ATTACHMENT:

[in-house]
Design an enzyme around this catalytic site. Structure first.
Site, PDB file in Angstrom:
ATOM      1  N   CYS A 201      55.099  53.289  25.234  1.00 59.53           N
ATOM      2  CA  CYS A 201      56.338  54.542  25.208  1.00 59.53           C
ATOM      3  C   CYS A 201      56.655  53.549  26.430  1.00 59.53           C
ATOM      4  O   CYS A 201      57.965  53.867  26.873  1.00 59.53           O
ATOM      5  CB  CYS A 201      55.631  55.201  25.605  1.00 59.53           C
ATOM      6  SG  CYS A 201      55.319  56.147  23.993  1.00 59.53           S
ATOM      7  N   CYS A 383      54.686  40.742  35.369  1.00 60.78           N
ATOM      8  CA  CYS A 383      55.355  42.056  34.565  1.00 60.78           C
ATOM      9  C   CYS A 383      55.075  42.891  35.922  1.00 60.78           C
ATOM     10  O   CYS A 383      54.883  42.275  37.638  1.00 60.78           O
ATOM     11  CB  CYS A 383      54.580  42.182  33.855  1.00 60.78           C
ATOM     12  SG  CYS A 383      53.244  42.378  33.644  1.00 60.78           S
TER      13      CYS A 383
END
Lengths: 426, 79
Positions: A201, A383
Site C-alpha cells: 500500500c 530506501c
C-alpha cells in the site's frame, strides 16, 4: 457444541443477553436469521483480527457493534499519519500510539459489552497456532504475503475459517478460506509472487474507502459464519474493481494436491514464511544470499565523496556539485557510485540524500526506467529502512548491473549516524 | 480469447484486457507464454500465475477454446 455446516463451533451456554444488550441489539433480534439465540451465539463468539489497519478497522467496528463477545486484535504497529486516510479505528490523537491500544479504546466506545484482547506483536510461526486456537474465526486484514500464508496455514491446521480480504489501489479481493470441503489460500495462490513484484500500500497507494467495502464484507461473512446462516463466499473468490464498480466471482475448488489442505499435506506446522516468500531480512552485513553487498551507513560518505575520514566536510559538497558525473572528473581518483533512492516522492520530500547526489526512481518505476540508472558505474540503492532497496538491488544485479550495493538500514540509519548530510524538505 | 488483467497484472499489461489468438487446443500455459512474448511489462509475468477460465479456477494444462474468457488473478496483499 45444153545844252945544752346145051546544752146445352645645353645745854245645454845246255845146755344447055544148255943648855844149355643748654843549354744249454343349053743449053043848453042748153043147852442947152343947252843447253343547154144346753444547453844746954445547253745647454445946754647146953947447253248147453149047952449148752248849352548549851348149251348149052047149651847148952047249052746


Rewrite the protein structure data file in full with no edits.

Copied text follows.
[in-house]
Design an enzyme around this catalytic site. Structure first.
Site, PDB file in Angstrom:
ATOM      1  N   CYS A 201      55.099  53.289  25.234  1.00 59.53           N
ATOM      2  CA  CYS A 201      56.338  54.542  25.208  1.00 59.53           C
ATOM      3  C   CYS A 201      56.655  53.549  26.430  1.00 59.53           C
ATOM      4  O   CYS A 201      57.965  53.867  26.873  1.00 59.53           O
ATOM      5  CB  CYS A 201      55.631  55.201  25.605  1.00 59.53           C
ATOM      6  SG  CYS A 201      55.319  56.147  23.993  1.00 59.53           S
ATOM      7  N   CYS A 383      54.686  40.742  35.369  1.00 60.78           N
ATOM      8  CA  CYS A 383      55.355  42.056  34.565  1.00 60.78           C
ATOM      9  C   CYS A 383      55.075  42.891  35.922  1.00 60.78           C
ATOM     10  O   CYS A 383      54.883  42.275  37.638  1.00 60.78           O
ATOM     11  CB  CYS A 383      54.580  42.182  33.855  1.00 60.78           C
ATOM     12  SG  CYS A 383      53.244  42.378  33.644  1.00 60.78           S
TER      13      CYS A 383
END
Lengths: 426, 79
Positions: A201, A383
Site C-alpha cells: 500500500c 530506501c
C-alpha cells in the site's frame, strides 16, 4: 457444541443477553436469521483480527457493534499519519500510539459489552497456532504475503475459517478460506509472487474507502459464519474493481494436491514464511544470499565523496556539485557510485540524500526506467529502512548491473549516524 | 480469447484486457507464454500465475477454446 455446516463451533451456554444488550441489539433480534439465540451465539463468539489497519478497522467496528463477545486484535504497529486516510479505528490523537491500544479504546466506545484482547506483536510461526486456537474465526486484514500464508496455514491446521480480504489501489479481493470441503489460500495462490513484484500500500497507494467495502464484507461473512446462516463466499473468490464498480466471482475448488489442505499435506506446522516468500531480512552485513553487498551507513560518505575520514566536510559538497558525473572528473581518483533512492516522492520530500547526489526512481518505476540508472558505474540503492532497496538491488544485479550495493538500514540509519548530510524538505 | 488483467497484472499489461489468438487446443500455459512474448511489462509475468477460465479456477494444462474468457488473478496483499 45444153545844252945544752346145051546544752146445352645645353645745854245645454845246255845146755344447055544148255943648855844149355643748654843549354744249454343349053743449053043848453042748153043147852442947152343947252843447253343547154144346753444547453844746954445547253745647454445946754647146953947447253248147453149047952449148752248849352548549851348149251348149052047149651847148952047249052746